There is a fine line between whether the act or omission of a tortfeasor is covered by a professional indemnity or public liability policy. For example, if a pedestrian falls due to a broken pavement, is the municipality where the pavement is situated covered by its professional indemnity or public liability policy?
To complicate the situation in Israel, professional indemnity policies are issued on a claims-made basis and public liability policies on an occurrence basis. This means that if an injury occurred in 2013 and the claim was submitted in 2017, the question would be which policy applies to which year, as different insurers cover different risks.
The lower courts (Tel Aviv Magistrates Court) recently addressed these matters.
In Sahar Insurance Co v Shenhav Security Company Ltd (Tel Aviv Magistrates Court, CF 157633/02) a claim was filed against a security company and its third-party liability insurers. The policy specifically excluded the insured and any party acting on its behalf from professional liability.
The loss concerned the theft of two tractors from a construction site which were being guarded by a security guard employed by the security company. The court ruled that the security company's main task was to ensure that the premises were guarded. Hence, any failure to perform its duties would be covered under the professional indemnity and not the public liability policy.
The court referred to a previous ruling – Gerstner v the Blue Square Supermarket (CF 3898/99) – which determined that a slippery floor in a supermarket had triggered a cleaning company's public liability policy. The court ruled that a company which provides cleaning services does not require special skills in contrast with the duties of a company that provides security services (for which a special licence is required).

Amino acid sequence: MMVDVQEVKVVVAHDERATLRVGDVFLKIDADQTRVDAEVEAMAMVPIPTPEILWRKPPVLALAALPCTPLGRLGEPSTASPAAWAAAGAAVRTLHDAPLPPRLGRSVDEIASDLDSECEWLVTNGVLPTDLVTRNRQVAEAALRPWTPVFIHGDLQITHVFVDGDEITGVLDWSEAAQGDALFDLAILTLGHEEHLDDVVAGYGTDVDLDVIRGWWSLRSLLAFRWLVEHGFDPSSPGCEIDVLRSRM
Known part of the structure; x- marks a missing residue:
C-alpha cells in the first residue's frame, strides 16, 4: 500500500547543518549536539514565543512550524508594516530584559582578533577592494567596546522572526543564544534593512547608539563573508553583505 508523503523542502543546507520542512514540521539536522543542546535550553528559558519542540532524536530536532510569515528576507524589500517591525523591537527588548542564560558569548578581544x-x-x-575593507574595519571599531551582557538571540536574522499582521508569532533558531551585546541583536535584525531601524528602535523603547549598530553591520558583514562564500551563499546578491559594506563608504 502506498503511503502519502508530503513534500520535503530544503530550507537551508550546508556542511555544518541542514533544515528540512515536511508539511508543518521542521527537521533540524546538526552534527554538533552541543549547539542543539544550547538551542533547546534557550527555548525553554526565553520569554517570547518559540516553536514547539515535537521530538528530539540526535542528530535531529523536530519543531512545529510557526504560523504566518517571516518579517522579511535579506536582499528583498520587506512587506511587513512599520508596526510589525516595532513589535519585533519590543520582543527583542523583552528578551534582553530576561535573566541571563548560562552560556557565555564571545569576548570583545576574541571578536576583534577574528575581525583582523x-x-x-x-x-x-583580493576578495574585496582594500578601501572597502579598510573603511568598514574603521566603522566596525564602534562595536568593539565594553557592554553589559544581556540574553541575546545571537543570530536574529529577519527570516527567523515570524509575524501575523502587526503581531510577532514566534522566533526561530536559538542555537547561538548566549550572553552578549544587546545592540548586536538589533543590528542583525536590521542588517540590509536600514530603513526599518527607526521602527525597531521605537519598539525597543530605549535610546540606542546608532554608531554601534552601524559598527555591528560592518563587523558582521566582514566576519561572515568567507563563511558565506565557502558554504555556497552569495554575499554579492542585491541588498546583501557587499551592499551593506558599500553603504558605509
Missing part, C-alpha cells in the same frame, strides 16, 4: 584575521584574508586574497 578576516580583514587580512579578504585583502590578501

The court provided several examples in which a security company's public liability policy could apply, including a fire on a site due to a cigarette which was not properly extinguished or bodily or property injuries caused to third parties due to negligent acts by security guards.
Harel Insurance Co v Lotan (Tel Aviv Magistrates Court, CF 747502/04) concerned a construction supervisor's failure to supervise construction work and ensure that the walkway used by visitors was safe. It determined that such a risk should be covered by a professional indemnity and not a public liability policy, as the accident had been caused by the insured's failure to fulfil its professional duties.
In CA 6583/01 the court dealt with a basketball player who had been injured during a basketball tournament at a local high school in the city of Holon. The Holon municipality was found liable for the condition of the basketball court and sought compensation from either its public liability or professional indemnity insurers. The court ruled that the municipality's liability towards guests who visited its premises was covered by its public liability and not its professional indemnity policy.
When a negligent act or error concerns an insured's specific skills and expertise and his or her ability to carry out his or her professional duties, a professional indemnity policy will apply, subject to terms and conditions.
However, for general risks that could have happened regardless of the insured's specific skills, a public liability policy will apply.
In late 2016 the Tel Aviv District Court considered this question, adopting the principles set out above in Aviram v The Airports Authority (CF 4783-11-09), and ruled that, in the case of a fire alert, the security company was responsible for responding on site, identifying the fire and calling the fire brigade. Its failure to do so in a timely manner led the court to rule that as the failure had been a professional failure, the relevant professional indemnity policy issued in the year when the claim was submitted should cover the risk.
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For further information on this topic please contact Sharon Shefer at Levitan, Sharon & Co by telephone (+972 3 688 6768) or email (firstname.lastname@example.org). The Levitan, Sharon & Co website can be accessed at www.israelinsurancelaw.com.